In the game of college football, a win’s a win, no matter how or at what cost.
For the No. 2 Ohio State Buckeyes (12-0, 8-0), their 24th victory in a row might have been the toughest of the streak to date, a 42-41 win on the road against archrival Michigan (7-5, 3-5) that saw the OSU defense give up a season-high 603 yards to the Wolverines.
Such a performance garners questions to be directed at the team’s defensive coordinator, and OSU’s Luke Fickell was no exception Monday.
When asked about what he thought went wrong in Saturday’s win, Fickell didn’t take kindly to the question.
“What do you mean what went wrong? Did we win? Did we win?” Fickell said. “I’ve been up (in Ann Arbor) quite a few times in my 18-year career here … We know there’s things we have to correct, momentum and things happened and we didn’t play great on the defensive side of the ball so there’s a lot of things to correct. Every single week we have objectives and the last objective last week was win, and we came away with a win.”
Don’t tell that to junior linebacker Ryan Shazier, though, who called the unit’s performance Saturday “bittersweet” even though the team won the game.
“The most important thing at the end of the day is getting a ‘W,’” Shazier said. “But we (are) still pretty mad … the whole defense is pretty pissed off about how many yards we gave up rushing and passing. It’s just not acceptable.”
Even though the Buckeye defense struggled all game, it did make a big play when it mattered most as redshirt-freshman cornerback Tyvis Powell picked off Michigan redshirt-junior quarterback Devin Gardner’s two-point conversion pass attempt with 32 seconds left to ice the game.
Powell said after the game he knew that play was coming thanks to cornerbacks coach and special teams coordinator Kerry Coombs, which Fickell said is all part of weekly preparation.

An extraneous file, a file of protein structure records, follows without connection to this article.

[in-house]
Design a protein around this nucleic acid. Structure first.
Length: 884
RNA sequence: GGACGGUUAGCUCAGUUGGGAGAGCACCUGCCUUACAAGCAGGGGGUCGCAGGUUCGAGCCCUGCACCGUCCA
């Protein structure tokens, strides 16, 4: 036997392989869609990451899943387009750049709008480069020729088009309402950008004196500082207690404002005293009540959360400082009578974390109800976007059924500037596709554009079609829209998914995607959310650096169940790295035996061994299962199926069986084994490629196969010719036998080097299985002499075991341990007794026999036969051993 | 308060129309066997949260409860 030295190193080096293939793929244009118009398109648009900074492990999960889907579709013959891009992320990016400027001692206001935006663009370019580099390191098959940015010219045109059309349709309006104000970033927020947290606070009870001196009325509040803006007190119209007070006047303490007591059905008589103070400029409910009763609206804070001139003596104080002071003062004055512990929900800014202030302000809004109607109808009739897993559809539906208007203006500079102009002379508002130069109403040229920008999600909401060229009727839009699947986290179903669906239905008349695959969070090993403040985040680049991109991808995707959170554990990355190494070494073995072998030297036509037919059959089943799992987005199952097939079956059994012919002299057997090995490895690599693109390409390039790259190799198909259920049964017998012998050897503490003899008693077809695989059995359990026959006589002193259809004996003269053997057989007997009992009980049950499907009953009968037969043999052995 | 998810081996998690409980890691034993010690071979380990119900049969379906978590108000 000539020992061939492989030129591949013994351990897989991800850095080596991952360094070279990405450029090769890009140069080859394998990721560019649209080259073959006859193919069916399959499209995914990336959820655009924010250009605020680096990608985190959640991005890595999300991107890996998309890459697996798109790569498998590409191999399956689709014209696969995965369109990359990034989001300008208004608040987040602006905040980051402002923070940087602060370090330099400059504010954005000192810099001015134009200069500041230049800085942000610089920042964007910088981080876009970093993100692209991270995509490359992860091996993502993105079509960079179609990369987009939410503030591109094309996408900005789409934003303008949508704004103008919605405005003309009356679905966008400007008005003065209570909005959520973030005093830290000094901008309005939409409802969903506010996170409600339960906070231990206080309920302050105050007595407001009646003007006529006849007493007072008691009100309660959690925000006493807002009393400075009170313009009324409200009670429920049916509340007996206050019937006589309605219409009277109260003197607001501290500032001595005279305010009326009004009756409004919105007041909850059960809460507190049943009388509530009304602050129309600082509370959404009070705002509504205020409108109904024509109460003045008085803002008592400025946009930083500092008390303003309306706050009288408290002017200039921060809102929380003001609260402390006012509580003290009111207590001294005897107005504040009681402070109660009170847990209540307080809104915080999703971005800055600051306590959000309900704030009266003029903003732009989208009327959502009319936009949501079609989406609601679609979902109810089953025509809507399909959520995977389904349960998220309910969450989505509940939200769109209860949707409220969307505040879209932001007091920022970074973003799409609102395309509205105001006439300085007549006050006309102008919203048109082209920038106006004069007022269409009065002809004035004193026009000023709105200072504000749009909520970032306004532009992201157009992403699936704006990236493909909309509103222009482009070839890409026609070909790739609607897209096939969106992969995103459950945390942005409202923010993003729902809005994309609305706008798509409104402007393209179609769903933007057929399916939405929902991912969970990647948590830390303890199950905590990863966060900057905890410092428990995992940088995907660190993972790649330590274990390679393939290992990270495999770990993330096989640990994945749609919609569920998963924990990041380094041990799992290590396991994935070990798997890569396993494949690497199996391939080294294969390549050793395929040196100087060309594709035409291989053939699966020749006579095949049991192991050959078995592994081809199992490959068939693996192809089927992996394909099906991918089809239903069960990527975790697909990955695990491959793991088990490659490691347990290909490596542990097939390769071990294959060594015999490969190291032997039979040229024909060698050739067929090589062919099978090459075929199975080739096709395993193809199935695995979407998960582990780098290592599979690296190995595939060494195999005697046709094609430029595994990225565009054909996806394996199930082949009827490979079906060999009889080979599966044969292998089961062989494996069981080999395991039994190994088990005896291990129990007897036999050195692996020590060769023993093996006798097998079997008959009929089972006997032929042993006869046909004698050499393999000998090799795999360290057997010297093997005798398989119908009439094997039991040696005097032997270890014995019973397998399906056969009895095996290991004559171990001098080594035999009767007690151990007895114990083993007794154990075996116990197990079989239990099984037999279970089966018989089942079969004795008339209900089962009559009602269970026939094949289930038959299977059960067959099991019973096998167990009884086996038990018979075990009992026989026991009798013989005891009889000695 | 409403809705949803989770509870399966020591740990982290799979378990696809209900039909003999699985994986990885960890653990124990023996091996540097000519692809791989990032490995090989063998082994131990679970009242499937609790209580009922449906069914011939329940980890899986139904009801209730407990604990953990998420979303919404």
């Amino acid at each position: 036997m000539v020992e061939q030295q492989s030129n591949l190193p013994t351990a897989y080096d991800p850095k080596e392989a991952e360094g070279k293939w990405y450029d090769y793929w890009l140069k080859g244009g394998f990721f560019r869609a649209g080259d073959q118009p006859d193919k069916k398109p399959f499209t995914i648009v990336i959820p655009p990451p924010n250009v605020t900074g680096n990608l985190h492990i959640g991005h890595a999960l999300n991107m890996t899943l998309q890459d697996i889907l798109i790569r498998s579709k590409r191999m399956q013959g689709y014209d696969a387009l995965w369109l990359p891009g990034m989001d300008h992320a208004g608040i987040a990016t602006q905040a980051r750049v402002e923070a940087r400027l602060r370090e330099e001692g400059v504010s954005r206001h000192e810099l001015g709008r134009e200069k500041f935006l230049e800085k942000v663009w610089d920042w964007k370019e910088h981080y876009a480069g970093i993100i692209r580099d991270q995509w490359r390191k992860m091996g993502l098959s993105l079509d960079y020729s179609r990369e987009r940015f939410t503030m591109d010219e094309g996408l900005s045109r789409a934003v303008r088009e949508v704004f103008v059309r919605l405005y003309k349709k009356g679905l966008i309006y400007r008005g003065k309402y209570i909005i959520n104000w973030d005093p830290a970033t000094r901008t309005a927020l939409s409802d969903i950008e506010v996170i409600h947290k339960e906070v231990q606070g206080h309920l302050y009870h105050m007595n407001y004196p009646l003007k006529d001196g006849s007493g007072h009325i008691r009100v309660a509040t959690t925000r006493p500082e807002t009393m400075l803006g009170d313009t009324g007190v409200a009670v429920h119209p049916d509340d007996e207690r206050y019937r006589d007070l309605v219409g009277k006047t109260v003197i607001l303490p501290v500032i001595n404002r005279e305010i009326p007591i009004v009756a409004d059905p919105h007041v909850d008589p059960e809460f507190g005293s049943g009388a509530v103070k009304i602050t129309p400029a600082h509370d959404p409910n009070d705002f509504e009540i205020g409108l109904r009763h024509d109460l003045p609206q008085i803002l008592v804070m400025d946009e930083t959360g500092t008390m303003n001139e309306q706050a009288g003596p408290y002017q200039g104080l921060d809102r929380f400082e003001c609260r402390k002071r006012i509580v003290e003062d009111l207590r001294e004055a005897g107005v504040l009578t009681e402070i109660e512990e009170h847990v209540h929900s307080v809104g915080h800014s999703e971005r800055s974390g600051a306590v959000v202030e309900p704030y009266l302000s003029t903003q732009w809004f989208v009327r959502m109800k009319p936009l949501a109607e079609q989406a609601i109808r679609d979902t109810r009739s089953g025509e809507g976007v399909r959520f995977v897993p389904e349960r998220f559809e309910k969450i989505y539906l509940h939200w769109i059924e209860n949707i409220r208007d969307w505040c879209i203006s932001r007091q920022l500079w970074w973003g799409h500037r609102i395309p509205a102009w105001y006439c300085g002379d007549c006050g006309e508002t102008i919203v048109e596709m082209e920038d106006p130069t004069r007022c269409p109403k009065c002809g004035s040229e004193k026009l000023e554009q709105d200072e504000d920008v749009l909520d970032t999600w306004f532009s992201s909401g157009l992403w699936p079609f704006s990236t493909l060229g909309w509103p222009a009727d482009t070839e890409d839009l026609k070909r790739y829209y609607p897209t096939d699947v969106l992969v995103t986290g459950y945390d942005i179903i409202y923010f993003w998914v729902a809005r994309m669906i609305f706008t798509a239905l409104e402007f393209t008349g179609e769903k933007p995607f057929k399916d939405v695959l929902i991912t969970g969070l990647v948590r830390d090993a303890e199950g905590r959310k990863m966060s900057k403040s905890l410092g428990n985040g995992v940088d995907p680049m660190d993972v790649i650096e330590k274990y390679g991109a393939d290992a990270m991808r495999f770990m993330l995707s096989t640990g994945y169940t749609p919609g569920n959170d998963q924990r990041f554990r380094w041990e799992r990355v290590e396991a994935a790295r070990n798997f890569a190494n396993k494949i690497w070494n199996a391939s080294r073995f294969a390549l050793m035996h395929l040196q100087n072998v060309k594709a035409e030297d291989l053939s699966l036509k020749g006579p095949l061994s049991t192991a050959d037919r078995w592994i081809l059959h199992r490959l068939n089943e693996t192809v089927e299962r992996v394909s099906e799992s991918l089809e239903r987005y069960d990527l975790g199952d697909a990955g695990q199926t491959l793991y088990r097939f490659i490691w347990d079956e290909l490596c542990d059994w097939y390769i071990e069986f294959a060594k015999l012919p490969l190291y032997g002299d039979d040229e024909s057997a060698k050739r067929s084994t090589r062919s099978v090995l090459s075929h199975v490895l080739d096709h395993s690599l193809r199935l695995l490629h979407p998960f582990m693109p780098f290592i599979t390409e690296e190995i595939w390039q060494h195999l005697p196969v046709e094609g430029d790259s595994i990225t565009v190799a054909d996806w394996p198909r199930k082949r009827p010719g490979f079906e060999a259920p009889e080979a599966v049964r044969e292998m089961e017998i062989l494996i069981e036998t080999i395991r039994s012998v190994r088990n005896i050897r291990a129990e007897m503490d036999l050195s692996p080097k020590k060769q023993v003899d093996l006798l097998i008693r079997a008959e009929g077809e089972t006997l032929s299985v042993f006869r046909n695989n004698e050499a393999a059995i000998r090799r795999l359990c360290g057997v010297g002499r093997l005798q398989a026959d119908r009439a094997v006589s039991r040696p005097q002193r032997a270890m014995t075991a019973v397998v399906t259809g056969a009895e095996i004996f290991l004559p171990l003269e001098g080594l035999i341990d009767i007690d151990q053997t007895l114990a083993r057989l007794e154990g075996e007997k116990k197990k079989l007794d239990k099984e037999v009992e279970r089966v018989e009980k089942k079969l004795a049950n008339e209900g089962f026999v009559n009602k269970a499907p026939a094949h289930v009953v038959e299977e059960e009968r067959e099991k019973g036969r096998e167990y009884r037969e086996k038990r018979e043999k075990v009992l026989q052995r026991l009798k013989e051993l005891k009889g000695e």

“You prepare. You don’t know exactly, but when you do your studies and you have an idea,” Fickell said. “Obviously, you see the things that we rep we do a lot better job of … but that (play) was one of the things that we had repped and had a good idea but it comes down to the guy making the play.”
OSU’s defense gives up an average 255.8 passing yards per game, tied for 101st in the country with Northwestern. The whole season, the team has been able to compensate for the lack of consistency on that side of the ball, but coach Urban Meyer remains confident in them.
“(The) pass defense surfaced again, and (a) lack of contact on the quarterback,” Meyer said Monday. “We just had some guys running open … I trust that we’ll get it fixed, and I trust that these guys will be locked and loaded and have a good week of preparation.”
The Spartan offense ranks third to last in the Big Ten in total offense with 380.2 yards per game, but is better than that number indicates, Shazier said.
“They have playmakers out there,” Shazier said. “They would not have went undefeated in the Big Ten so far if they weren’t (good) so I feel like they’re doing a great job right now.”
After watching the film of Saturday’s win against Michigan, sophomore linebacker Joshua Perry said the defense was “really close” to stopping the Wolverines from a lot of their big plays. The mistakes, though, were pretty evident.
“When you turn on the film you gotta face the facts and realize that there were some mistakes made,” Perry said. “We got a chip on our shoulder, but it’s nothing that’s too urgent like we gotta throw out the whole defense and start over again. It’s just that we gotta correct up what we know to do.”
Whether there are questions about the defense as a whole or specifically about their performance against Michigan, Fickell said it all comes back to one thing.
“You have a standard, and that’s what’s been set around here. And I think that’s the beauty of it,” Fickell said. “You’re never satisfied with what you got.”
The Buckeyes and No. 10 Spartans (11-1, 8-0) are set to face off for Big Ten supremacy Saturday at 8:17 p.m. at Lucas Oil Stadium.
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